Domenico Di Ciolla

Domenico Di Ciolla (died 1931) was a former Genna crime family soldier in Chicago who later moved to Los Angeles where he became one of the earliest leaders of what became known as the Los Angeles crime family.


Di Ciolla originally lived in Chicago and was aligned with the Genna gang, also known as the Genna crime family, rivals of the Chicago Outfit. He arrived in Los Angeles in 1926 and became a lieutenant of Rosario DeSimone and was the alleged killer of August Palumbo in 1928 to take control of Palumbo's liquor operations, which he had inherited after the imprisonment of Albert Marco. Di Ciolla was formally accused of the gangland slaying of Palumbo, but was acquitted. Palumbo was the seventh bootlegger killed in a six week period during that year, he was allegedly killed for refusing to merge his criminal operations with Rosario DeSimone's, who later became the Don of Los Angeles. Why Di Ciolla moved to the West Coast is something of a mystery, whether he was sent to expand the Genna Gangs influence or either he was an ambitious young upstart looking to scout out new terrain and carve out a place for himself in a rich new territory. Di Ciolla was ambitious, a veteran of the brutal Chicago liquor wars and had the ability to negotiate and employ diplomacy in his favor.

At the time of his death, Di Ciollas wife(Elizabeth) was pregnant with their 3 child.

Grab for Power

In 1931, Di Ciolla tried to challenge higher powers by moving into syndicated gambling rackets, he imported muscle from Chicago to aid in his take-over bid, friends, relatives and soldiers of the Genna organization. In the end Di Ciolla himself would wind up being murdered. DiCiolla was described as "contemptuous, savage, treacherous, a natural double crosser and extremely greedy in his business dealings", but also smart, considerate and personable when he chose or not to be.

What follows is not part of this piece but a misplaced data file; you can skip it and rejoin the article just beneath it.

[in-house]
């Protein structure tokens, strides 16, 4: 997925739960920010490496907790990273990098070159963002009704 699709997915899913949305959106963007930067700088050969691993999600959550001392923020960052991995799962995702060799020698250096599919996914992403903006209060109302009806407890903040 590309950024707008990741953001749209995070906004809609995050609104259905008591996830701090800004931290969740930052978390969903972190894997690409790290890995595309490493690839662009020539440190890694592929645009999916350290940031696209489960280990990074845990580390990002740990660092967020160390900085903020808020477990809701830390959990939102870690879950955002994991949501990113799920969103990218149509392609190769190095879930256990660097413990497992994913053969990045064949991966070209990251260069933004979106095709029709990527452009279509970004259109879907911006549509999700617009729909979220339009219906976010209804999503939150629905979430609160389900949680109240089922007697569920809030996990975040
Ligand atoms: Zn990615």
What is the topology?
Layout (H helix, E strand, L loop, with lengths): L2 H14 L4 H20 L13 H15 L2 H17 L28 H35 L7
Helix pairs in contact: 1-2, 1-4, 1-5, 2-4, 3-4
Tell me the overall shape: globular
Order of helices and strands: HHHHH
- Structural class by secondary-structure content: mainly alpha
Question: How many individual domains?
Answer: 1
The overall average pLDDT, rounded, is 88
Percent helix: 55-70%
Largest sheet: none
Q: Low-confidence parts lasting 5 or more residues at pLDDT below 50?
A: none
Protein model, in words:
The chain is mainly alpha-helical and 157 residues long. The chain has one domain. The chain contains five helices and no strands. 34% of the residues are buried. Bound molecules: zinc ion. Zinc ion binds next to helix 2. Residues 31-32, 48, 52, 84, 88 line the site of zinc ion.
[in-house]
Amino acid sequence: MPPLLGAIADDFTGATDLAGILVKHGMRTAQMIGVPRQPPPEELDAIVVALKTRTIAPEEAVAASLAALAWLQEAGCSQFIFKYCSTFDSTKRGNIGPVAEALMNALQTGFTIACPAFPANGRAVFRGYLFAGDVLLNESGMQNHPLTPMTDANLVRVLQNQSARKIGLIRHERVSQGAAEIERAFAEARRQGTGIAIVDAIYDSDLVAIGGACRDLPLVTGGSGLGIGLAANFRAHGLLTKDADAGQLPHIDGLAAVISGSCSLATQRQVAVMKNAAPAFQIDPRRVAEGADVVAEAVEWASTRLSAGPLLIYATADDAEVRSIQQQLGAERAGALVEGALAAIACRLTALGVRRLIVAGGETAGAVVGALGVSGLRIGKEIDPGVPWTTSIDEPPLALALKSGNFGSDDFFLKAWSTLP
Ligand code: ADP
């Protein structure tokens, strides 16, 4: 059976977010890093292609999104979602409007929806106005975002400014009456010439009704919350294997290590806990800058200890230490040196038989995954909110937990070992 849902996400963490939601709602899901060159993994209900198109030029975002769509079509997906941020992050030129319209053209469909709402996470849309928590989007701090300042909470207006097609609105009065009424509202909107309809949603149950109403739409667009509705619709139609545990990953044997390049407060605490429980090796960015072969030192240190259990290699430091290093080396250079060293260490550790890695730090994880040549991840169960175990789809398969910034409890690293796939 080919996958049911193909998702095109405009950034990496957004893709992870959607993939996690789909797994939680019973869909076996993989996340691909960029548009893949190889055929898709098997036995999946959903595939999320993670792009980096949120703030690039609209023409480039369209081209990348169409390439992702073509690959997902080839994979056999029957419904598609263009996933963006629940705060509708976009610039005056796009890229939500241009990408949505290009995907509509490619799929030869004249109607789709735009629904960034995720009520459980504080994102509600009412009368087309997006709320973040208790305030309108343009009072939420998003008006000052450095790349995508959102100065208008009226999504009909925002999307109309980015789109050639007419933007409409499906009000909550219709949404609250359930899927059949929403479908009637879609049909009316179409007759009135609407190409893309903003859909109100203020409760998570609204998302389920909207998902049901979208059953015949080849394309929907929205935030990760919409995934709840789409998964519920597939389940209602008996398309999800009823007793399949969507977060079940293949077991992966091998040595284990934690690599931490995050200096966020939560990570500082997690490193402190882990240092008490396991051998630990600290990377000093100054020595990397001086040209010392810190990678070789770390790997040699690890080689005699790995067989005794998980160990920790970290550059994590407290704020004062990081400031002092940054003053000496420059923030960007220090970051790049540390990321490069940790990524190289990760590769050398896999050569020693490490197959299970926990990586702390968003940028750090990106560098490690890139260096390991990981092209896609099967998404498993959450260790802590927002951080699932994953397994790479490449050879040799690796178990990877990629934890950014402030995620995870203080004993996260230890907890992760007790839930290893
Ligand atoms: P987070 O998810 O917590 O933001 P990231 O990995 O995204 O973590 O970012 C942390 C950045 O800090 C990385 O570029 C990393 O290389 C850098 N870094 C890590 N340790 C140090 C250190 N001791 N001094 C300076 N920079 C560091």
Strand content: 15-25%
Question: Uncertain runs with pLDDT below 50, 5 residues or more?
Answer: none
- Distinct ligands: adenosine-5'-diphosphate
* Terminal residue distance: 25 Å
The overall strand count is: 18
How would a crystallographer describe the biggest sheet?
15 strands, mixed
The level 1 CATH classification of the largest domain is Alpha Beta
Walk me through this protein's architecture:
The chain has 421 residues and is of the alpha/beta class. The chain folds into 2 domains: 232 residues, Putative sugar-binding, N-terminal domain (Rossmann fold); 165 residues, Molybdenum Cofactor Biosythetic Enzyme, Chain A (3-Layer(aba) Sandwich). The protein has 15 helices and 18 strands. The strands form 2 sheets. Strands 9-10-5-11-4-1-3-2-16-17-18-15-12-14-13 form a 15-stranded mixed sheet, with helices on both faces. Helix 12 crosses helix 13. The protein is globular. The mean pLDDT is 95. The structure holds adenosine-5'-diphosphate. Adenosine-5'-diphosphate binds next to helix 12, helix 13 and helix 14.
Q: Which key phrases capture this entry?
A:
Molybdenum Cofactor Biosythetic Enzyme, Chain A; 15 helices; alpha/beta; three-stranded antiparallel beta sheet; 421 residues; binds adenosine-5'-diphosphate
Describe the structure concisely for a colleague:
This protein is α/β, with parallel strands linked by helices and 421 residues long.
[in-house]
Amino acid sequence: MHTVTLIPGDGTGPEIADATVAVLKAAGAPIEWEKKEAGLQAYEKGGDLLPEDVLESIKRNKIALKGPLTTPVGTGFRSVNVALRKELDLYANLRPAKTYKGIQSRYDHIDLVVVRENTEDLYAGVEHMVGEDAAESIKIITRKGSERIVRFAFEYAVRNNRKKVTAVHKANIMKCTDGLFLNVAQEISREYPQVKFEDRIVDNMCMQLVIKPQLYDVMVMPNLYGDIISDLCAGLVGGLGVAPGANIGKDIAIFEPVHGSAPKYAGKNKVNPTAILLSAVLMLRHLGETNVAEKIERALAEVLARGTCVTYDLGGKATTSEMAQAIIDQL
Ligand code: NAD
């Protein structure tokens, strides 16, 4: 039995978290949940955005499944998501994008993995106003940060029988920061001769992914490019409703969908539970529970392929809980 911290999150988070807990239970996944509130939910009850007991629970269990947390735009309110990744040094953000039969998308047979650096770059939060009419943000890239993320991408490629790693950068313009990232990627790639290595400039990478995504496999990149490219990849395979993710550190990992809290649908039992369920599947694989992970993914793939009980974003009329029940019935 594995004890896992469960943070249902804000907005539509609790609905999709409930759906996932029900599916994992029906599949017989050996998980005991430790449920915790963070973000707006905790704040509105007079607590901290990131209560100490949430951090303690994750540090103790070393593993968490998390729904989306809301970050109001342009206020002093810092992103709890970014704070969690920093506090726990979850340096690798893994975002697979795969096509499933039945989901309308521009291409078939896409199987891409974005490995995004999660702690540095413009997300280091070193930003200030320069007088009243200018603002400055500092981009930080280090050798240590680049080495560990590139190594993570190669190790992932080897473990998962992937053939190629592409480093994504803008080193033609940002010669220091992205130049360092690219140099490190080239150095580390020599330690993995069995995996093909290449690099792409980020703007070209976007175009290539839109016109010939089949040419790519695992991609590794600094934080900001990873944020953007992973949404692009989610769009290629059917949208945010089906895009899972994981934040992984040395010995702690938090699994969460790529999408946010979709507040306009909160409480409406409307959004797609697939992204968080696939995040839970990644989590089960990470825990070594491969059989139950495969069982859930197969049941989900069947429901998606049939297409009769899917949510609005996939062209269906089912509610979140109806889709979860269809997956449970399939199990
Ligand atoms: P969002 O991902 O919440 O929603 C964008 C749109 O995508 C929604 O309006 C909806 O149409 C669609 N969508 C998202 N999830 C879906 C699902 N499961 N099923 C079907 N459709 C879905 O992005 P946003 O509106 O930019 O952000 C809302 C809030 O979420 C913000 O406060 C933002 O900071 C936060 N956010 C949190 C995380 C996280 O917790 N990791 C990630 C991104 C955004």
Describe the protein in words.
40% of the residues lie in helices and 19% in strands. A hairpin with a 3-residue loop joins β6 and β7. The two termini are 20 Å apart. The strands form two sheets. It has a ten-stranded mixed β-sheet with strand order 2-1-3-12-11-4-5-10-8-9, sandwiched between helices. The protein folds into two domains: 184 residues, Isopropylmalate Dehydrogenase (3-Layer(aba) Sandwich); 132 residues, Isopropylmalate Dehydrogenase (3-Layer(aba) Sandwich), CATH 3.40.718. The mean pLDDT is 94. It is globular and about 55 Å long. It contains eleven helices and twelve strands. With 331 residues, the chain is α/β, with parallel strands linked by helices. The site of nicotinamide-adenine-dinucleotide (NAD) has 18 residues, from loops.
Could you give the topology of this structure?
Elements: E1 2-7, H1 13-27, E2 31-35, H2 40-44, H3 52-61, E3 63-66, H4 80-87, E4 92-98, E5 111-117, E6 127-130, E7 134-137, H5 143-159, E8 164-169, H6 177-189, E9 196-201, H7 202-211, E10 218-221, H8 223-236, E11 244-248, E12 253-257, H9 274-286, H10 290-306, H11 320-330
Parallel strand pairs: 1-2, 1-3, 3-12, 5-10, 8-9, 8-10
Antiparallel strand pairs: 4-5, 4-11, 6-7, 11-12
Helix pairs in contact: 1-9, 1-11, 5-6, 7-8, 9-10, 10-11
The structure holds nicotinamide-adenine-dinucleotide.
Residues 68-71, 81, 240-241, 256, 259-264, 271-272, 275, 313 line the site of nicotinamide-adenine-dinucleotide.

For Domenico alliances were only temporary means of convenience. On many occasions, he would enter into an advantageous agreements with every intention of renegotiating the terms or disregarding it in the most brutal and final manner possible. There was no one deal he cherished and adhered to. These were all personal traits and attributes that well could have been the reason leading up to his demise, dashing all hopes he had of making a name for himself and forming a power-base of operations in Southern California.

Di Ciolla was found murdered along a lonely stretch of road near Downey with half of his face and head blown off by a shotgun blast, leaving DeSimone, known as "The Chief" and Joseph Ardizzone and their gang as the dominant force in Los Angeles organized crime. Ardizzone himself would soon disappear in the same year never to be seen again.

One hypothesis for Di Ciolla's death is that it was ordered by DeSimone and Ardizzone. The other that members of Di Ciolla's own gang may have killed him as his relationship with his henchmen was described as "strained". The young, wealthy and exceedingly arrogant Di Ciolla was said to sometimes fly off the handle and his treatment towards his underlings haughty, overbearing and patronizing.

Whatever the reason for his downfall, Di Ciolla was without a doubt a killer with and ambition, apparently brought down by his own proficient use of violence and arrogance.

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